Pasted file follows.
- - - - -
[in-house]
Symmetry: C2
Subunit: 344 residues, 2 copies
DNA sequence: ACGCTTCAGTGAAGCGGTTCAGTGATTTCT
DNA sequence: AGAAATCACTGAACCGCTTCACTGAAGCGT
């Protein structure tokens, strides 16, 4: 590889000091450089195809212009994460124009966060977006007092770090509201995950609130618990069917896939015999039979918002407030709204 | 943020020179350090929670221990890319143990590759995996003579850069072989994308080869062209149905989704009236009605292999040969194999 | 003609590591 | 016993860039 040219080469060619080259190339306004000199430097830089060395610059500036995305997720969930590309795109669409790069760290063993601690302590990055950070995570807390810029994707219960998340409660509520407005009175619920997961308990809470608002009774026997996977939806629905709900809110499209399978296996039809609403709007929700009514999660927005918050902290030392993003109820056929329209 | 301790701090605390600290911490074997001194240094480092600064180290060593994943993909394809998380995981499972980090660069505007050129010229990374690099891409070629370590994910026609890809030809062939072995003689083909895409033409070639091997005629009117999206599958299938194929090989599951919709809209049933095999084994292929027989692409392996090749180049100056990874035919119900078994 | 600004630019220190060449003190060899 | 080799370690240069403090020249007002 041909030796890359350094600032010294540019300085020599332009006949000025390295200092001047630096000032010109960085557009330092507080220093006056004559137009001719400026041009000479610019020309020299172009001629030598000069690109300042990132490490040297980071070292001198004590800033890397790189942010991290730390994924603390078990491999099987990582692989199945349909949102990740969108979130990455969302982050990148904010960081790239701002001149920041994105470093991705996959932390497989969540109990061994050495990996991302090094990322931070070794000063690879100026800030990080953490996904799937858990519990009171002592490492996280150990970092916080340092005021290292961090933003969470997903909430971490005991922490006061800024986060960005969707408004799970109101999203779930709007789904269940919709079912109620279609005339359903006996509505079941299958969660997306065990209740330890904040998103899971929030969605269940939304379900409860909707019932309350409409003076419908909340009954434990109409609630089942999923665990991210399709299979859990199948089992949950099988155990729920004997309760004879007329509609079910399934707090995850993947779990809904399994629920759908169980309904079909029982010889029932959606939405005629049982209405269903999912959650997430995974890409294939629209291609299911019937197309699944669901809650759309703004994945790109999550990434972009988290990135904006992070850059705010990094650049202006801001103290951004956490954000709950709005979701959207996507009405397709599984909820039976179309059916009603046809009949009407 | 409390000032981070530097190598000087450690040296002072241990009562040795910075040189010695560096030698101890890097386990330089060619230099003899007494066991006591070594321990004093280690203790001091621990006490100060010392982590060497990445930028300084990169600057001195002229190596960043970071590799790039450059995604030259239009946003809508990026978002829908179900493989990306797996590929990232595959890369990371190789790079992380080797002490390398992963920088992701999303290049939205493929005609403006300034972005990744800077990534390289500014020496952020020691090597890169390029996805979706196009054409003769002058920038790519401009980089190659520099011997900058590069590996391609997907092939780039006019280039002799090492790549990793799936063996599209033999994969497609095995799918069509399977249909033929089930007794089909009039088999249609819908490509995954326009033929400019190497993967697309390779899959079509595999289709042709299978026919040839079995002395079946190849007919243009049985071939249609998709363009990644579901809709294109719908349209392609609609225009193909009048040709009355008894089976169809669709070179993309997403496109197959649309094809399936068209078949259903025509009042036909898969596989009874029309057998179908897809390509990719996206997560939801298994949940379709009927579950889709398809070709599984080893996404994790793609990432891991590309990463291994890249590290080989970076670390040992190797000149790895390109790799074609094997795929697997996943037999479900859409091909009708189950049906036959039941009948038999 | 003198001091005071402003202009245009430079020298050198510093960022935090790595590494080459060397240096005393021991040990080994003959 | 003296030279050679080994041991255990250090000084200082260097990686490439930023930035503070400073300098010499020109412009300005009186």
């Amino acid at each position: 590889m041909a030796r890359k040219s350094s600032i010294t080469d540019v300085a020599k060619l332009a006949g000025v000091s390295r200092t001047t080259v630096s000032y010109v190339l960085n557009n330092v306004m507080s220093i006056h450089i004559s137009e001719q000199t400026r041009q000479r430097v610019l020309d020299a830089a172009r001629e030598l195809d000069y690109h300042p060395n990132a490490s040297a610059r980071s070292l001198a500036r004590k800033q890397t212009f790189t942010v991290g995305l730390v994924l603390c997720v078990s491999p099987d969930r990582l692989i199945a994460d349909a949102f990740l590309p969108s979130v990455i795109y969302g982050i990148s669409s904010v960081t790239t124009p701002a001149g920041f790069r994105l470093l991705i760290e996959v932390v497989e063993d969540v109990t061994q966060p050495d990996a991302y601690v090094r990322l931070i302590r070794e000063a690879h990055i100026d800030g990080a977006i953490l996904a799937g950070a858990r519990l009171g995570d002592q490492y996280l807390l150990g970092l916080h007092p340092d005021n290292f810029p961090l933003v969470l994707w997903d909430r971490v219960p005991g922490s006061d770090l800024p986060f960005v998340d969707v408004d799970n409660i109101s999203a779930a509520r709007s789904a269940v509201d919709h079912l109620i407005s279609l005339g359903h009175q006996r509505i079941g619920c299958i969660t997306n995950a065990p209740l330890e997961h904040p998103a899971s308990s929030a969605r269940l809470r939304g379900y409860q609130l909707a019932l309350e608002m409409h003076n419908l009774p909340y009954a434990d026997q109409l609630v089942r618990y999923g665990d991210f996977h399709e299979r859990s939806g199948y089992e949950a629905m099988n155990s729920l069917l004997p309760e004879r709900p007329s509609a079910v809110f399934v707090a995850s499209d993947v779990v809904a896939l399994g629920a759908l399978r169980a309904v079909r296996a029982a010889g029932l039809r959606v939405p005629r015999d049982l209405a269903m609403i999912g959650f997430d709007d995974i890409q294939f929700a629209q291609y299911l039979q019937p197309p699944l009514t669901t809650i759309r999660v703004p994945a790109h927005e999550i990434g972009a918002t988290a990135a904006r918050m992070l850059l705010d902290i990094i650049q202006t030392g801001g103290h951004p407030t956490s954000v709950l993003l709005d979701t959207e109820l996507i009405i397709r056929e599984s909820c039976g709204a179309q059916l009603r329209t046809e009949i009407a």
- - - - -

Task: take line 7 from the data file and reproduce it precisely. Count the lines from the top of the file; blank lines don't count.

């Amino acid at each position: 590889m041909a030796r890359k040219s350094s600032i010294t080469d540019v300085a020599k060619l332009a006949g000025v000091s390295r200092t001047t080259v630096s000032y010109v190339l960085n557009n330092v306004m507080s220093i006056h450089i004559s137009e001719q000199t400026r041009q000479r430097v610019l020309d020299a830089a172009r001629e030598l195809d000069y690109h300042p060395n990132a490490s040297a610059r980071s070292l001198a500036r004590k800033q890397t212009f790189t942010v991290g995305l730390v994924l603390c997720v078990s491999p099987d969930r990582l692989i199945a994460d349909a949102f990740l590309p969108s979130v990455i795109y969302g982050i990148s669409s904010v960081t790239t124009p701002a001149g920041f790069r994105l470093l991705i760290e996959v932390v497989e063993d969540v109990t061994q966060p050495d990996a991302y601690v090094r990322l931070i302590r070794e000063a690879h990055i100026d800030g990080a977006i953490l996904a799937g950070a858990r519990l009171g995570d002592q490492y996280l807390l150990g970092l916080h007092p340092d005021n290292f810029p961090l933003v969470l994707w997903d909430r971490v219960p005991g922490s006061d770090l800024p986060f960005v998340d969707v408004d799970n409660i109101s999203a779930a509520r709007s789904a269940v509201d919709h079912l109620i407005s279609l005339g359903h009175q006996r509505i079941g619920c299958i969660t997306n995950a065990p209740l330890e997961h904040p998103a899971s308990s929030a969605r269940l809470r939304g379900y409860q609130l909707a019932l309350e608002m409409h003076n419908l009774p909340y009954a434990d026997q109409l609630v089942r618990y999923g665990d991210f996977h399709e299979r859990s939806g199948y089992e949950a629905m099988n155990s729920l069917l004997p309760e004879r709900p007329s509609a079910v809110f399934v707090a995850s499209d993947v779990v809904a896939l399994g629920a759908l399978r169980a309904v079909r296996a029982a010889g029932l039809r959606v939405p005629r015999d049982l209405a269903m609403i999912g959650f997430d709007d995974i890409q294939f929700a629209q291609y299911l039979q019937p197309p699944l009514t669901t809650i759309r999660v703004p994945a790109h927005e999550i990434g972009a918002t988290a990135a904006r918050m992070l850059l705010d902290i990094i650049q202006t030392g801001g103290h951004p407030t956490s954000v709950l993003l709005d979701t959207e109820l996507i009405i397709r056929e599984s909820c039976g709204a179309q059916l009603r329209t046809e009949i009407a």